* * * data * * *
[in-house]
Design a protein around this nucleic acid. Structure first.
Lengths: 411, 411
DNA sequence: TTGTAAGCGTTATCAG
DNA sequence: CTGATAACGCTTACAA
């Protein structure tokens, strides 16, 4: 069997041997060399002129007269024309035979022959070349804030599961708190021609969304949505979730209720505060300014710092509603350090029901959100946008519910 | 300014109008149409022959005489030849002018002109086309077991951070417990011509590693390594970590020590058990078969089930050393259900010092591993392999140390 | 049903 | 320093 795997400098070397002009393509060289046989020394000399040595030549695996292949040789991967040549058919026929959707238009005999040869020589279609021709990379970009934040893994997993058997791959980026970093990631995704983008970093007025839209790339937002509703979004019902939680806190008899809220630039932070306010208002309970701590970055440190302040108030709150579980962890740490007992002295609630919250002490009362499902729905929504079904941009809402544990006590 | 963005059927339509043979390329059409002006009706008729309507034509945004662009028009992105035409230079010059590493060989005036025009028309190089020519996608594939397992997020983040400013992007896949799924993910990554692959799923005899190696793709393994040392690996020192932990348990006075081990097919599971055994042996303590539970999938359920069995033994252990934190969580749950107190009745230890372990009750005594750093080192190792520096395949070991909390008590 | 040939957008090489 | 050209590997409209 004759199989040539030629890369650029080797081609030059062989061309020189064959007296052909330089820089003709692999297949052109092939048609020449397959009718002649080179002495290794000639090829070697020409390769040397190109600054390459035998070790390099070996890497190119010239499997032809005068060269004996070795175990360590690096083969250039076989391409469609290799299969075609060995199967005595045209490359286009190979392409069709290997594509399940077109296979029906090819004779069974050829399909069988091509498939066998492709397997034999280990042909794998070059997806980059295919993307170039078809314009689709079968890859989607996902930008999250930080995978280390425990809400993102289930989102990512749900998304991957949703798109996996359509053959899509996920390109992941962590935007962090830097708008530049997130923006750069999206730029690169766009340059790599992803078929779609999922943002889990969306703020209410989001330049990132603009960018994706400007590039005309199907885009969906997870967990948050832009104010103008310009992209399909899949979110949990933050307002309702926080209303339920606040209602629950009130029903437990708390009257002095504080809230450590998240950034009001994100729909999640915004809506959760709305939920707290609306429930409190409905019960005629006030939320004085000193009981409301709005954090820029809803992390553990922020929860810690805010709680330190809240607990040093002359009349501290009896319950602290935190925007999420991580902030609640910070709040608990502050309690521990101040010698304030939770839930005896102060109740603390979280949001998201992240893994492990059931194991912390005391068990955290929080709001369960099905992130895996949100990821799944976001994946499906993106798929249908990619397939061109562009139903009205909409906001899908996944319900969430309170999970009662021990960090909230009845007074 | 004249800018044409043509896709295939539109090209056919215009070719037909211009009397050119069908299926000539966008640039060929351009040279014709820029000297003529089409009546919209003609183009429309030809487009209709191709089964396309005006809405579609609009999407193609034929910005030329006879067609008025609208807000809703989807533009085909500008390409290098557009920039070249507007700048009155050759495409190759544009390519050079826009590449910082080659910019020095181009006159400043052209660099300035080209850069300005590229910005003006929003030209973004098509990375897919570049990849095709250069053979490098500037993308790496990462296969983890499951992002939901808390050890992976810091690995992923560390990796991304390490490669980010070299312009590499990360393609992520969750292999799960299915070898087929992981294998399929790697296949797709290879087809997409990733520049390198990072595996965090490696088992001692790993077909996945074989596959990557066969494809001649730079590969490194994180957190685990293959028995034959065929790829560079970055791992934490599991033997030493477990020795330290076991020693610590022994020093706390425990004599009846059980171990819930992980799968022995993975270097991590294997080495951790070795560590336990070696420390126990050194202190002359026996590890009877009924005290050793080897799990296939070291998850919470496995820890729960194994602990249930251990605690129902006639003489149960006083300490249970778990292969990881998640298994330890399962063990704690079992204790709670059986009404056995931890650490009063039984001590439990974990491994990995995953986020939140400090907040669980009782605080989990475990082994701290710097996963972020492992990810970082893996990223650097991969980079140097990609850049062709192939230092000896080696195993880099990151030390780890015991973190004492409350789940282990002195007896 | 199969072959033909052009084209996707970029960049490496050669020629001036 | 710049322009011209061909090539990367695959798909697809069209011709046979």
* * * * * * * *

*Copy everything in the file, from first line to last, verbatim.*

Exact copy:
[in-house]
Design a protein around this nucleic acid. Structure first.
Lengths: 411, 411
DNA sequence: TTGTAAGCGTTATCAG
DNA sequence: CTGATAACGCTTACAA
């Protein structure tokens, strides 16, 4: 069997041997060399002129007269024309035979022959070349804030599961708190021609969304949505979730209720505060300014710092509603350090029901959100946008519910 | 300014109008149409022959005489030849002018002109086309077991951070417990011509590693390594970590020590058990078969089930050393259900010092591993392999140390 | 049903 | 320093 795997400098070397002009393509060289046989020394000399040595030549695996292949040789991967040549058919026929959707238009005999040869020589279609021709990379970009934040893994997993058997791959980026970093990631995704983008970093007025839209790339937002509703979004019902939680806190008899809220630039932070306010208002309970701590970055440190302040108030709150579980962890740490007992002295609630919250002490009362499902729905929504079904941009809402544990006590 | 963005059927339509043979390329059409002006009706008729309507034509945004662009028009992105035409230079010059590493060989005036025009028309190089020519996608594939397992997020983040400013992007896949799924993910990554692959799923005899190696793709393994040392690996020192932990348990006075081990097919599971055994042996303590539970999938359920069995033994252990934190969580749950107190009745230890372990009750005594750093080192190792520096395949070991909390008590 | 040939957008090489 | 050209590997409209 004759199989040539030629890369650029080797081609030059062989061309020189064959007296052909330089820089003709692999297949052109092939048609020449397959009718002649080179002495290794000639090829070697020409390769040397190109600054390459035998070790390099070996890497190119010239499997032809005068060269004996070795175990360590690096083969250039076989391409469609290799299969075609060995199967005595045209490359286009190979392409069709290997594509399940077109296979029906090819004779069974050829399909069988091509498939066998492709397997034999280990042909794998070059997806980059295919993307170039078809314009689709079968890859989607996902930008999250930080995978280390425990809400993102289930989102990512749900998304991957949703798109996996359509053959899509996920390109992941962590935007962090830097708008530049997130923006750069999206730029690169766009340059790599992803078929779609999922943002889990969306703020209410989001330049990132603009960018994706400007590039005309199907885009969906997870967990948050832009104010103008310009992209399909899949979110949990933050307002309702926080209303339920606040209602629950009130029903437990708390009257002095504080809230450590998240950034009001994100729909999640915004809506959760709305939920707290609306429930409190409905019960005629006030939320004085000193009981409301709005954090820029809803992390553990922020929860810690805010709680330190809240607990040093002359009349501290009896319950602290935190925007999420991580902030609640910070709040608990502050309690521990101040010698304030939770839930005896102060109740603390979280949001998201992240893994492990059931194991912390005391068990955290929080709001369960099905992130895996949100990821799944976001994946499906993106798929249908990619397939061109562009139903009205909409906001899908996944319900969430309170999970009662021990960090909230009845007074 | 004249800018044409043509896709295939539109090209056919215009070719037909211009009397050119069908299926000539966008640039060929351009040279014709820029000297003529089409009546919209003609183009429309030809487009209709191709089964396309005006809405579609609009999407193609034929910005030329006879067609008025609208807000809703989807533009085909500008390409290098557009920039070249507007700048009155050759495409190759544009390519050079826009590449910082080659910019020095181009006159400043052209660099300035080209850069300005590229910005003006929003030209973004098509990375897919570049990849095709250069053979490098500037993308790496990462296969983890499951992002939901808390050890992976810091690995992923560390990796991304390490490669980010070299312009590499990360393609992520969750292999799960299915070898087929992981294998399929790697296949797709290879087809997409990733520049390198990072595996965090490696088992001692790993077909996945074989596959990557066969494809001649730079590969490194994180957190685990293959028995034959065929790829560079970055791992934490599991033997030493477990020795330290076991020693610590022994020093706390425990004599009846059980171990819930992980799968022995993975270097991590294997080495951790070795560590336990070696420390126990050194202190002359026996590890009877009924005290050793080897799990296939070291998850919470496995820890729960194994602990249930251990605690129902006639003489149960006083300490249970778990292969990881998640298994330890399962063990704690079992204790709670059986009404056995931890650490009063039984001590439990974990491994990995995953986020939140400090907040669980009782605080989990475990082994701290710097996963972020492992990810970082893996990223650097991969980079140097990609850049062709192939230092000896080696195993880099990151030390780890015991973190004492409350789940282990002195007896 | 199969072959033909052009084209996707970029960049490496050669020629001036 | 710049322009011209061909090539990367695959798909697809069209011709046979």